4 Chinese student volunteers spent 200 days in a simulated lunar lab in Beijing, the state media reported on Friday.
The volunteers lived in the sealed lab to simulate a long-term space mission with no input from the outside world. They grew their own food, and handled their own waste. At 200 days, this stay breaks the record for the longest stay in a self-sustaining cabin.
China’s lunar base plans are progressing very seriously, but before they actually send astronauts to the moon, they want to know how they can handle the rough conditions there — so they set up a “virtual” base, here on Earth. They called it the Lunar Palace.
The experience “challenged the system as well as the psychological status of the volunteers, but they withstood the test,” the module’s chief designer Liu Hong told Xinhua.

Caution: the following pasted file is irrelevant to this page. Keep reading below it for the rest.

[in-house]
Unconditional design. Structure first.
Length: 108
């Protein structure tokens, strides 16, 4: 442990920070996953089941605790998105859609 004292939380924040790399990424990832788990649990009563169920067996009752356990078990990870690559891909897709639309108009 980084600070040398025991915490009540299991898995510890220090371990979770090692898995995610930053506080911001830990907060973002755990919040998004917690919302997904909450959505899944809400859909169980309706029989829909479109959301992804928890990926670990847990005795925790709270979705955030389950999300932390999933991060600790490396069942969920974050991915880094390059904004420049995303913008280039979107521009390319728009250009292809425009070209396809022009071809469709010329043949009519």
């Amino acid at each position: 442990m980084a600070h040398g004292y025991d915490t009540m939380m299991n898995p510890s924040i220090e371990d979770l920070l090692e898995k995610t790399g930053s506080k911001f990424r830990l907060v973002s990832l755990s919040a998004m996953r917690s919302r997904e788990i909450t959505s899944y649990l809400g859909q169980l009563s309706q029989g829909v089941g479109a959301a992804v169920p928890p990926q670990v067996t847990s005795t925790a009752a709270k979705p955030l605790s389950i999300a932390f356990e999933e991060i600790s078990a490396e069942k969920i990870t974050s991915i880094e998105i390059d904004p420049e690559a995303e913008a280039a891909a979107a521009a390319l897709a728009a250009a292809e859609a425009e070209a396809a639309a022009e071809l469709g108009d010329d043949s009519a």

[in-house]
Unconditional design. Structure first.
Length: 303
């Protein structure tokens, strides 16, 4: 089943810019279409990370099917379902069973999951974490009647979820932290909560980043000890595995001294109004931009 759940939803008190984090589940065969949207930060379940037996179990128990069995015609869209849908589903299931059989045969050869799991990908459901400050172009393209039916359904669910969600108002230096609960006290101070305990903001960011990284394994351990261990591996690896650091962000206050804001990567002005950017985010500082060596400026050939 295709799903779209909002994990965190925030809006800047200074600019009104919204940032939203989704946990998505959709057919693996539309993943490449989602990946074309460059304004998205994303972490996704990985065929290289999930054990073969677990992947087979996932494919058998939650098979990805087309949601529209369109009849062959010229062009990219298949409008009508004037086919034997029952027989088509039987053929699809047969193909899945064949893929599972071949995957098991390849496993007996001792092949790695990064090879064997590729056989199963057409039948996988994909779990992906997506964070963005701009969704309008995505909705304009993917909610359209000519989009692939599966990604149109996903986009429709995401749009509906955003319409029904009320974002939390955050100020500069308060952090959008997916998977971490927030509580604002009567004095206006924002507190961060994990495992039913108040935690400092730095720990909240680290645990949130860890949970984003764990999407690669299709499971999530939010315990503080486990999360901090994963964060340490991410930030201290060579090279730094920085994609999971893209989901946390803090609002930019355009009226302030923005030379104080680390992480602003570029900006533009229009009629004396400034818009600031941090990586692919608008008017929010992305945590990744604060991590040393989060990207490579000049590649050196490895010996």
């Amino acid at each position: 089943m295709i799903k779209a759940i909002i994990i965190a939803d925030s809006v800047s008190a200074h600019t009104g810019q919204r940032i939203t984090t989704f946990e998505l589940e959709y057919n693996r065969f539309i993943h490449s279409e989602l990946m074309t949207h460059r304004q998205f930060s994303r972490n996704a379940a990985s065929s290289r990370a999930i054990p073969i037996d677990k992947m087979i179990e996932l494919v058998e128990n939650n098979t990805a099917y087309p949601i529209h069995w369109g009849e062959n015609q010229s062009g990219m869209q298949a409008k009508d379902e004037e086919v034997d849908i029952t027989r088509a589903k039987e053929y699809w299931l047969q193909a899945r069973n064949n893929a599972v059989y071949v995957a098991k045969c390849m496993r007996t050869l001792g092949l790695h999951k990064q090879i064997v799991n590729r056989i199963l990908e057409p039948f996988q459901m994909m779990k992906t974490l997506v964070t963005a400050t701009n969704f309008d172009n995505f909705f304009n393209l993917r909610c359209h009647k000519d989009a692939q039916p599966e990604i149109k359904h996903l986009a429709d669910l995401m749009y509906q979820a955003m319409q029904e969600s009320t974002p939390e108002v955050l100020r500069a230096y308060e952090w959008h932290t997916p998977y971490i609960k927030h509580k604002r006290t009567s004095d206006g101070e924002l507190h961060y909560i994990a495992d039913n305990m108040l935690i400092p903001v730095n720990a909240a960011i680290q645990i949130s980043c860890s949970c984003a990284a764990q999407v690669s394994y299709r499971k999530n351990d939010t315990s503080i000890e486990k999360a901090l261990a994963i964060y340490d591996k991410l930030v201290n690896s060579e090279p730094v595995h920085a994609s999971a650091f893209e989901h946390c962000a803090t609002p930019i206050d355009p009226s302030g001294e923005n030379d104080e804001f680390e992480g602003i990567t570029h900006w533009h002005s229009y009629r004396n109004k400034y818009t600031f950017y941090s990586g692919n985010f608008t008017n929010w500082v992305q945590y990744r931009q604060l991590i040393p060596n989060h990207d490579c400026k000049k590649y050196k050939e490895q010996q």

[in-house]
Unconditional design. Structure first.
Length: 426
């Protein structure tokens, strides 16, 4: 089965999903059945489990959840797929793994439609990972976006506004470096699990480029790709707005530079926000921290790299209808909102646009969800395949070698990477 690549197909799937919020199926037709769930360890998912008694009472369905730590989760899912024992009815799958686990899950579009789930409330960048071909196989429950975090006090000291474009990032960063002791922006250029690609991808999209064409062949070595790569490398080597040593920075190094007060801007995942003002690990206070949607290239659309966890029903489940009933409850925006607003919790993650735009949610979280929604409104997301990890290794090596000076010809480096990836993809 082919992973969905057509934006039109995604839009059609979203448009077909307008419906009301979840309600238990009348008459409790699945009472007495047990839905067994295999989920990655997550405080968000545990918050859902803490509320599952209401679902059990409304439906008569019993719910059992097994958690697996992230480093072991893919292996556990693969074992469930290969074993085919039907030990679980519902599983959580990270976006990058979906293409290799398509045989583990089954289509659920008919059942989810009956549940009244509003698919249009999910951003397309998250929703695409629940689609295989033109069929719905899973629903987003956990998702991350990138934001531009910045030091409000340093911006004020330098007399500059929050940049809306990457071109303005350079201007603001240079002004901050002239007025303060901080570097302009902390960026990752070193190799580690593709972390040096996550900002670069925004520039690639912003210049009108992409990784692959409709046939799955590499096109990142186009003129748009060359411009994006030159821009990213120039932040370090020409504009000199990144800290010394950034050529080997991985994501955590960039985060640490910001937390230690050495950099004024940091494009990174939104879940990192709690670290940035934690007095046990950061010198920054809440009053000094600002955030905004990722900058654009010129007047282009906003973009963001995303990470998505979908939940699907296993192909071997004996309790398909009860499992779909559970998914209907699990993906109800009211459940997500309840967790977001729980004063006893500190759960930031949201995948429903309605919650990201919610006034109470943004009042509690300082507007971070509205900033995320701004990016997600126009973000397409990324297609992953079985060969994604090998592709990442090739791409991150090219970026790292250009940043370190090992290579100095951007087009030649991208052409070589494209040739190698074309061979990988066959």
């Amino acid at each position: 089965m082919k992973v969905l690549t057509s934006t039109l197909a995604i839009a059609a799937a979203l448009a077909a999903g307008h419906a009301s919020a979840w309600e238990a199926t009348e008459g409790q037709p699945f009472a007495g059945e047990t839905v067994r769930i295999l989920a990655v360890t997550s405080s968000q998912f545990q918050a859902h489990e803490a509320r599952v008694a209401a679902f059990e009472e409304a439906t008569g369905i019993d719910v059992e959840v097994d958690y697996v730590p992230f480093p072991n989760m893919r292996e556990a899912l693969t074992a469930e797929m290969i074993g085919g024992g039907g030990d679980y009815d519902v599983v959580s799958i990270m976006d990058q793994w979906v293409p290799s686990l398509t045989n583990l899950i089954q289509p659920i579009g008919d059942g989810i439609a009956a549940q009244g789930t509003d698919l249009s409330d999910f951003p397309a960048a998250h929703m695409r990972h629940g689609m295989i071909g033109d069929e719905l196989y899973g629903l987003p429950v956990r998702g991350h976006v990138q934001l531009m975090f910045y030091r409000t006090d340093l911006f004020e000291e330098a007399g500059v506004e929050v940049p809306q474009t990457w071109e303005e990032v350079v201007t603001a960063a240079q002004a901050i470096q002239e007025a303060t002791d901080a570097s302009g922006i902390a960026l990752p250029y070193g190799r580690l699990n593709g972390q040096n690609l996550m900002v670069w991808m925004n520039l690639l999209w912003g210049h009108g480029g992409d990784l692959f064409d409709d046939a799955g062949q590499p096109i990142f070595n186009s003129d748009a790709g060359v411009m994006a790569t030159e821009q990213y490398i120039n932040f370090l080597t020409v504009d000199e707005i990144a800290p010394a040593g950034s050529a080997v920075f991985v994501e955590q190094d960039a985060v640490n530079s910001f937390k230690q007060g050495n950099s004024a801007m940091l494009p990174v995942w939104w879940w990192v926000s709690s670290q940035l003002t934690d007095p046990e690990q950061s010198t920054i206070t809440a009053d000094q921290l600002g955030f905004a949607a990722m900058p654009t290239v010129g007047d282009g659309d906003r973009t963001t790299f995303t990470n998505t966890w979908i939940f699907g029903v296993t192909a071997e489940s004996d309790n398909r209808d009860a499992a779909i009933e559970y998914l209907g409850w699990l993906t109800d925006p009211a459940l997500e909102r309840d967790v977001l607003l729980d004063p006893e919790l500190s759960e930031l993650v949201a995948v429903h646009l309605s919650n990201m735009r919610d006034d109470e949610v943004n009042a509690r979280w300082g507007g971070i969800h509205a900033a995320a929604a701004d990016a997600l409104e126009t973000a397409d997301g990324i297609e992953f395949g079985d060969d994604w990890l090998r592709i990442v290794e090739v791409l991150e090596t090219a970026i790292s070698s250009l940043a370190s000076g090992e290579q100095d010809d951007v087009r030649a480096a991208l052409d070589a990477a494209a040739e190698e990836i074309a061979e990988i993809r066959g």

The facility treats human waste with a bio-fermentation process, and volunteers grew experimental crops and vegetables with the help of food and waste byproducts.
Two men and two women entered for an initial stay of 60 days. They were then relieved by another group of four, who stayed 200 days.
The initial group will now return for an additional 105, Xinhua said.
The Lunar Palace has two plant cultivation modules and a living cabin: 42 square metres containing four sleeping cubicles, a common room, a bathroom, a waste-treatment room and a room for raising animals.
A successful 105-day trial was also carried out in 2014.
Ultimately, China wants to build its own moon base within a decade, potentially in a partnership with the European Union. The Chinese Space Program is one of the world’s most active and aspirational. Aside from the moon base, they also want to establish a crewed space station, send an unmanned rover to Mars, and exploit the Earth-Moon space for industrial development — namely, developing space-based solar powered satellites that would beam energy back to Earth.
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